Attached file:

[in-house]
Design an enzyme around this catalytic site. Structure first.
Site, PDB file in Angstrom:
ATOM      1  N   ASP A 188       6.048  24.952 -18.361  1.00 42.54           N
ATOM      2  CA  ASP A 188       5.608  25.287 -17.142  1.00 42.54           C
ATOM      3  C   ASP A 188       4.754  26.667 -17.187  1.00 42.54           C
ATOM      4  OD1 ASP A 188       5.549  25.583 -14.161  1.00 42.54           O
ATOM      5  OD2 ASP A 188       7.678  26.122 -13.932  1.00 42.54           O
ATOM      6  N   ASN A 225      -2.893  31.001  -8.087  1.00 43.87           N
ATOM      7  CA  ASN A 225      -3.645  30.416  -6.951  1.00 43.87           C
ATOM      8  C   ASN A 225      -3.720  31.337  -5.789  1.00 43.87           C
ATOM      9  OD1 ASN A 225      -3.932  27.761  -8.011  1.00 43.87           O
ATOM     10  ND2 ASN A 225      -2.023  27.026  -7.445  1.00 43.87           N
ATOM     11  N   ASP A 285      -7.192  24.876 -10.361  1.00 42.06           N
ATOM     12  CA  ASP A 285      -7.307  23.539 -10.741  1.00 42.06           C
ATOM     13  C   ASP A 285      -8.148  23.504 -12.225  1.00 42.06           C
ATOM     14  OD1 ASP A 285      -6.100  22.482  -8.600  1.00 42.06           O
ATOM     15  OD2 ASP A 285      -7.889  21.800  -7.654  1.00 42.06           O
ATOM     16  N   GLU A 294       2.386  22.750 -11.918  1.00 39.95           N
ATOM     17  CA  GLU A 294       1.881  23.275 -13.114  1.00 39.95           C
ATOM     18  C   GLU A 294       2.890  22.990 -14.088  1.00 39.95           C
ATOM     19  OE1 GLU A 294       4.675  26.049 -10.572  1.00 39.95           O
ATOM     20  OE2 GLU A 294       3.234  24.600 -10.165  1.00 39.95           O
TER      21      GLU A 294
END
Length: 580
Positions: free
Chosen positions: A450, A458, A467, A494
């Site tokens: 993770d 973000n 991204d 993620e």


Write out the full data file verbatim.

[in-house]
Design an enzyme around this catalytic site. Structure first.
Site, PDB file in Angstrom:
ATOM      1  N   ASP A 188       6.048  24.952 -18.361  1.00 42.54           N
ATOM      2  CA  ASP A 188       5.608  25.287 -17.142  1.00 42.54           C
ATOM      3  C   ASP A 188       4.754  26.667 -17.187  1.00 42.54           C
ATOM      4  OD1 ASP A 188       5.549  25.583 -14.161  1.00 42.54           O
ATOM      5  OD2 ASP A 188       7.678  26.122 -13.932  1.00 42.54           O
ATOM      6  N   ASN A 225      -2.893  31.001  -8.087  1.00 43.87           N
ATOM      7  CA  ASN A 225      -3.645  30.416  -6.951  1.00 43.87           C
ATOM      8  C   ASN A 225      -3.720  31.337  -5.789  1.00 43.87           C
ATOM      9  OD1 ASN A 225      -3.932  27.761  -8.011  1.00 43.87           O
ATOM     10  ND2 ASN A 225      -2.023  27.026  -7.445  1.00 43.87           N
ATOM     11  N   ASP A 285      -7.192  24.876 -10.361  1.00 42.06           N
ATOM     12  CA  ASP A 285      -7.307  23.539 -10.741  1.00 42.06           C
ATOM     13  C   ASP A 285      -8.148  23.504 -12.225  1.00 42.06           C
ATOM     14  OD1 ASP A 285      -6.100  22.482  -8.600  1.00 42.06           O
ATOM     15  OD2 ASP A 285      -7.889  21.800  -7.654  1.00 42.06           O
ATOM     16  N   GLU A 294       2.386  22.750 -11.918  1.00 39.95           N
ATOM     17  CA  GLU A 294       1.881  23.275 -13.114  1.00 39.95           C
ATOM     18  C   GLU A 294       2.890  22.990 -14.088  1.00 39.95           C
ATOM     19  OE1 GLU A 294       4.675  26.049 -10.572  1.00 39.95           O
ATOM     20  OE2 GLU A 294       3.234  24.600 -10.165  1.00 39.95           O
TER      21      GLU A 294
END
Length: 580
Positions: free
Chosen positions: A450, A458, A467, A494
């Site tokens: 993770d 973000n 991204d 993620e």